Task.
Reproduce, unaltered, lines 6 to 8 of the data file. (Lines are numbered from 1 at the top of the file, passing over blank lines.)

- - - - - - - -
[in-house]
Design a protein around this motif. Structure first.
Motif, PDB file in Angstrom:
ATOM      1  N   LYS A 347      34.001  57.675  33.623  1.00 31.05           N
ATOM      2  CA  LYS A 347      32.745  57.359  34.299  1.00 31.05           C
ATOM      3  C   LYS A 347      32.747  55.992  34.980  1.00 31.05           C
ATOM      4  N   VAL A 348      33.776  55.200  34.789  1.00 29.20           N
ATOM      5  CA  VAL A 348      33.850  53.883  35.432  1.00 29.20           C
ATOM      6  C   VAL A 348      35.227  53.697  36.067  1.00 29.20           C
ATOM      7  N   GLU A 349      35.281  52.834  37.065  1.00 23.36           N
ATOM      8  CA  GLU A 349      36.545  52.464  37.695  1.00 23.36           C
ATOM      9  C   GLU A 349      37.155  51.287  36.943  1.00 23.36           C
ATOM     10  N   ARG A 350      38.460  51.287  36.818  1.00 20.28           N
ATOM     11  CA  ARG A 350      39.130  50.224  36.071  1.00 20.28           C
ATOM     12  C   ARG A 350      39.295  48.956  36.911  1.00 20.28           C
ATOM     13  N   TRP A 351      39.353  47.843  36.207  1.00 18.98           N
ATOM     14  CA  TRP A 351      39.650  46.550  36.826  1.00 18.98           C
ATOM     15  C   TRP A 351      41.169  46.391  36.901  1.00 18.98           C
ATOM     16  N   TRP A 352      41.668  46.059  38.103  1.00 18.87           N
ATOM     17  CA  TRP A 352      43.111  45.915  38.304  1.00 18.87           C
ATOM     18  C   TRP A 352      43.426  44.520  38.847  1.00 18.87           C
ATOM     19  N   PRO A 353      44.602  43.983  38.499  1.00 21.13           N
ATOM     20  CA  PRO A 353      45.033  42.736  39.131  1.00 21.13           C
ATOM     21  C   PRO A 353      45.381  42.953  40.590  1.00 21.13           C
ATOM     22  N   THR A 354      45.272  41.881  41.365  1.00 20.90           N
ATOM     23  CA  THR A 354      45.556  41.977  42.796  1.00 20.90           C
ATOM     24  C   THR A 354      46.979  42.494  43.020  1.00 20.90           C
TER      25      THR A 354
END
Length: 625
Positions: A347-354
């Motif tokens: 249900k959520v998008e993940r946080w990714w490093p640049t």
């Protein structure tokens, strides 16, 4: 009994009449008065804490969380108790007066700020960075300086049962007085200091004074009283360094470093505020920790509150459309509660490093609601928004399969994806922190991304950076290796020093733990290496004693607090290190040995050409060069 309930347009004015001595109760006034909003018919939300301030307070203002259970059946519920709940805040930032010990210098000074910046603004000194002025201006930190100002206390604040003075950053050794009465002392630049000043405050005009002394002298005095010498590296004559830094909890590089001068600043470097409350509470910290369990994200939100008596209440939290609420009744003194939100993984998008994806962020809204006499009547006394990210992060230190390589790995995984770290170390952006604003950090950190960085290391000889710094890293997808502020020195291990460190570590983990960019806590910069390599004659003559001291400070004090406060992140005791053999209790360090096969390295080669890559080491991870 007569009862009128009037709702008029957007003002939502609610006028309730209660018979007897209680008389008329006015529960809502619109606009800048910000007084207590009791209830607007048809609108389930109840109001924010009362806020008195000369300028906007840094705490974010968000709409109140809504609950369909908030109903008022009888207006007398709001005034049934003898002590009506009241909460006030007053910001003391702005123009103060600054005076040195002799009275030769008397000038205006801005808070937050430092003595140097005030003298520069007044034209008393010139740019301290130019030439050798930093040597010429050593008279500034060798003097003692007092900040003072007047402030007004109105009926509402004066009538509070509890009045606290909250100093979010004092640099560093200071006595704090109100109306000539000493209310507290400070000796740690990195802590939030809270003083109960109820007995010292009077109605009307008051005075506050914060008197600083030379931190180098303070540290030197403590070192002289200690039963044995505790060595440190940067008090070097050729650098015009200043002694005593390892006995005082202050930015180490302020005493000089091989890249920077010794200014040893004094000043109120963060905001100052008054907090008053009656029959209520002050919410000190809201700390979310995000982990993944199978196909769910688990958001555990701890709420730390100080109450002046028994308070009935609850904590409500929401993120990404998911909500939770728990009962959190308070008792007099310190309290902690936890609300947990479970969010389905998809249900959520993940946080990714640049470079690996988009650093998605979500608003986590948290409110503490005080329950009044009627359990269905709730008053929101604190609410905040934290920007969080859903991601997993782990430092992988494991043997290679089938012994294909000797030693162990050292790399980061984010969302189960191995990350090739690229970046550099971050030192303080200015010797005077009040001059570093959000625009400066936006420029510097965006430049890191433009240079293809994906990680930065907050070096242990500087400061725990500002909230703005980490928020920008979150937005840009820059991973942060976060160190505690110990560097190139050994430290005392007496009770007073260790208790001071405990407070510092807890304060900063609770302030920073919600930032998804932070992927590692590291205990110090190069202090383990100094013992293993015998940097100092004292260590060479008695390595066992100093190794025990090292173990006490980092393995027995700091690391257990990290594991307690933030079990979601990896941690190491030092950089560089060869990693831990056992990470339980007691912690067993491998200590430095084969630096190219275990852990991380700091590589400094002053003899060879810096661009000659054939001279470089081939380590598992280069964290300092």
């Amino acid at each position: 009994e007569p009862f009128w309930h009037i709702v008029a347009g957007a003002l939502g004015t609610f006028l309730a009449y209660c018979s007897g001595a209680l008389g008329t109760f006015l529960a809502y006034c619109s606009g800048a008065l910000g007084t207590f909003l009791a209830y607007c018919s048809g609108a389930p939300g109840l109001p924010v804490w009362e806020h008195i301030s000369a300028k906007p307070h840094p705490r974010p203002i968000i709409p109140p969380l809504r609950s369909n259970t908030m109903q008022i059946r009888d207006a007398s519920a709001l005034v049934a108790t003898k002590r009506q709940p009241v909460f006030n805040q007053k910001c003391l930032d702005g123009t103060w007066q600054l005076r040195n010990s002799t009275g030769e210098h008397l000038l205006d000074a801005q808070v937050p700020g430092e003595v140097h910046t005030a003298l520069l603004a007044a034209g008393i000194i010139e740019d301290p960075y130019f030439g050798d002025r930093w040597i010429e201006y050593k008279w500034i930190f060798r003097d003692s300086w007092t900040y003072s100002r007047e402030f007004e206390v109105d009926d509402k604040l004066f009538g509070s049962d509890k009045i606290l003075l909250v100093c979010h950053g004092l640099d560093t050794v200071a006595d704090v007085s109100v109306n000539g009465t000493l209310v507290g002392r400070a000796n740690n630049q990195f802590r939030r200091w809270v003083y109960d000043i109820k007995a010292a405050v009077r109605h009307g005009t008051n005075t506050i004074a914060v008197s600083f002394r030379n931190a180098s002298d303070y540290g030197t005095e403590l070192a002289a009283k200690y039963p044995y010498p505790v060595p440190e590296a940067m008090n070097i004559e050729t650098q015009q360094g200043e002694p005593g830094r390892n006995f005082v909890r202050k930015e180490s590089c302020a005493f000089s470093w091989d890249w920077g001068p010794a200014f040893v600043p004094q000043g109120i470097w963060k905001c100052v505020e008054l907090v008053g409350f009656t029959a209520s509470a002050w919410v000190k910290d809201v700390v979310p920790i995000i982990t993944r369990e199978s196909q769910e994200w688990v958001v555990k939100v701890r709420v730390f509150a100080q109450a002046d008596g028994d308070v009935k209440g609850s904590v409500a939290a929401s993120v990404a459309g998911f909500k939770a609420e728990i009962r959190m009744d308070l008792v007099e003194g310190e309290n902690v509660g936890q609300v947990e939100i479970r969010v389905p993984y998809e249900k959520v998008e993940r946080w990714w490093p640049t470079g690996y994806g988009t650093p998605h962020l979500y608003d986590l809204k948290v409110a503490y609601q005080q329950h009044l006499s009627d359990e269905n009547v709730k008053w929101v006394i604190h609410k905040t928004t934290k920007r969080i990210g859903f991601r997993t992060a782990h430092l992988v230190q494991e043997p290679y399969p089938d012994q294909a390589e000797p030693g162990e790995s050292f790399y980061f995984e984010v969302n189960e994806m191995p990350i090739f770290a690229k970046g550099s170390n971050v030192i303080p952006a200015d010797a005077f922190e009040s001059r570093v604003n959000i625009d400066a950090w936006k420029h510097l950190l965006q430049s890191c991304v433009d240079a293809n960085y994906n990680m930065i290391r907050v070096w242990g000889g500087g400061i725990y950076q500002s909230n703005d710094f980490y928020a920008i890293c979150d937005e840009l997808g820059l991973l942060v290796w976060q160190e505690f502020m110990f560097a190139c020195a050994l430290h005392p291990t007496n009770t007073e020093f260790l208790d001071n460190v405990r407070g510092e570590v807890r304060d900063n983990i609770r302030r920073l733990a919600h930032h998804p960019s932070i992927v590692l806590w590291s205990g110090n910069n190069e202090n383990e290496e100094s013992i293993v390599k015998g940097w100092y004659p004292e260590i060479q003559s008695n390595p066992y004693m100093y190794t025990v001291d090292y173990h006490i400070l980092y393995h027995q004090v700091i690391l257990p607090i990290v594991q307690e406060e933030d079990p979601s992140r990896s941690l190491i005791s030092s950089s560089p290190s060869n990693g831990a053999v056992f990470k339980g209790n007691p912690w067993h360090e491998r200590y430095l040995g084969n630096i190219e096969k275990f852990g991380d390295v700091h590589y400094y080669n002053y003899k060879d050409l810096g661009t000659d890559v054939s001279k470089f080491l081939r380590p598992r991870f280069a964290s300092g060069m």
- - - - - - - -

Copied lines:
ATOM      3  C   LYS A 347      32.747  55.992  34.980  1.00 31.05           C
ATOM      4  N   VAL A 348      33.776  55.200  34.789  1.00 29.20           N
ATOM      5  CA  VAL A 348      33.850  53.883  35.432  1.00 29.20           C